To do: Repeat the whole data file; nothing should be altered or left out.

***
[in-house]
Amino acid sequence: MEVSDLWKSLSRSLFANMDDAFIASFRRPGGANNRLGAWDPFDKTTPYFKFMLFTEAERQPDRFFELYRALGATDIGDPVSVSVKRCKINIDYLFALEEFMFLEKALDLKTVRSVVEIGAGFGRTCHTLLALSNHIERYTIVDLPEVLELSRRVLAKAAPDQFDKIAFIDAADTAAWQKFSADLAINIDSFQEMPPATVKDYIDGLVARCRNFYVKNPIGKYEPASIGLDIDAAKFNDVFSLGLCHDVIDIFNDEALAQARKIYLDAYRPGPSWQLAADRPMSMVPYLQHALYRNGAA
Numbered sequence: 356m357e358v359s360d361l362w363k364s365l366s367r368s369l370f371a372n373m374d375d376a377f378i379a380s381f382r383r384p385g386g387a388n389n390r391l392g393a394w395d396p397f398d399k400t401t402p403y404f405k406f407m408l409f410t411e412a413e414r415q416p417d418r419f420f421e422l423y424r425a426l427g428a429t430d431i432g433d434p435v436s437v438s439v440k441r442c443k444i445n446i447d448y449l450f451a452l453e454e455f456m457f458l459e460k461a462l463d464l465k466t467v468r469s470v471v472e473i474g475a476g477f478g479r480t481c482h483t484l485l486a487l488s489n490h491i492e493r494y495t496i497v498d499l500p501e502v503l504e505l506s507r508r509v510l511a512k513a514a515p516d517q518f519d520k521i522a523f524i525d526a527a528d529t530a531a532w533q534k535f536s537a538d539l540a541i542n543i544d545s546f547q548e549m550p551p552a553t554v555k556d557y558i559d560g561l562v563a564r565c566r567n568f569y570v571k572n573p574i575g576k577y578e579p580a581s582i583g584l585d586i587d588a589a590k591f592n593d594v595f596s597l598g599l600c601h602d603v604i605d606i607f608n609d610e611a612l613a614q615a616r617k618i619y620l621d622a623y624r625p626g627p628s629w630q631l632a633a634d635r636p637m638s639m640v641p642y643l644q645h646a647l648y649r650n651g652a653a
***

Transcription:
[in-house]
Amino acid sequence: MEVSDLWKSLSRSLFANMDDAFIASFRRPGGANNRLGAWDPFDKTTPYFKFMLFTEAERQPDRFFELYRALGATDIGDPVSVSVKRCKINIDYLFALEEFMFLEKALDLKTVRSVVEIGAGFGRTCHTLLALSNHIERYTIVDLPEVLELSRRVLAKAAPDQFDKIAFIDAADTAAWQKFSADLAINIDSFQEMPPATVKDYIDGLVARCRNFYVKNPIGKYEPASIGLDIDAAKFNDVFSLGLCHDVIDIFNDEALAQARKIYLDAYRPGPSWQLAADRPMSMVPYLQHALYRNGAA
Numbered sequence: 356m357e358v359s360d361l362w363k364s365l366s367r368s369l370f371a372n373m374d375d376a377f378i379a380s381f382r383r384p385g386g387a388n389n390r391l392g393a394w395d396p397f398d399k400t401t402p403y404f405k406f407m408l409f410t411e412a413e414r415q416p417d418r419f420f421e422l423y424r425a426l427g428a429t430d431i432g433d434p435v436s437v438s439v440k441r442c443k444i445n446i447d448y449l450f451a452l453e454e455f456m457f458l459e460k461a462l463d464l465k466t467v468r469s470v471v472e473i474g475a476g477f478g479r480t481c482h483t484l485l486a487l488s489n490h491i492e493r494y495t496i497v498d499l500p501e502v503l504e505l506s507r508r509v510l511a512k513a514a515p516d517q518f519d520k521i522a523f524i525d526a527a528d529t530a531a532w533q534k535f536s537a538d539l540a541i542n543i544d545s546f547q548e549m550p551p552a553t554v555k556d557y558i559d560g561l562v563a564r565c566r567n568f569y570v571k572n573p574i575g576k577y578e579p580a581s582i583g584l585d586i587d588a589a590k591f592n593d594v595f596s597l598g599l600c601h602d603v604i605d606i607f608n609d610e611a612l613a614q615a616r617k618i619y620l621d622a623y624r625p626g627p628s629w630q631l632a633a634d635r636p637m638s639m640v641p642y643l644q645h646a647l648y649r650n651g652a653a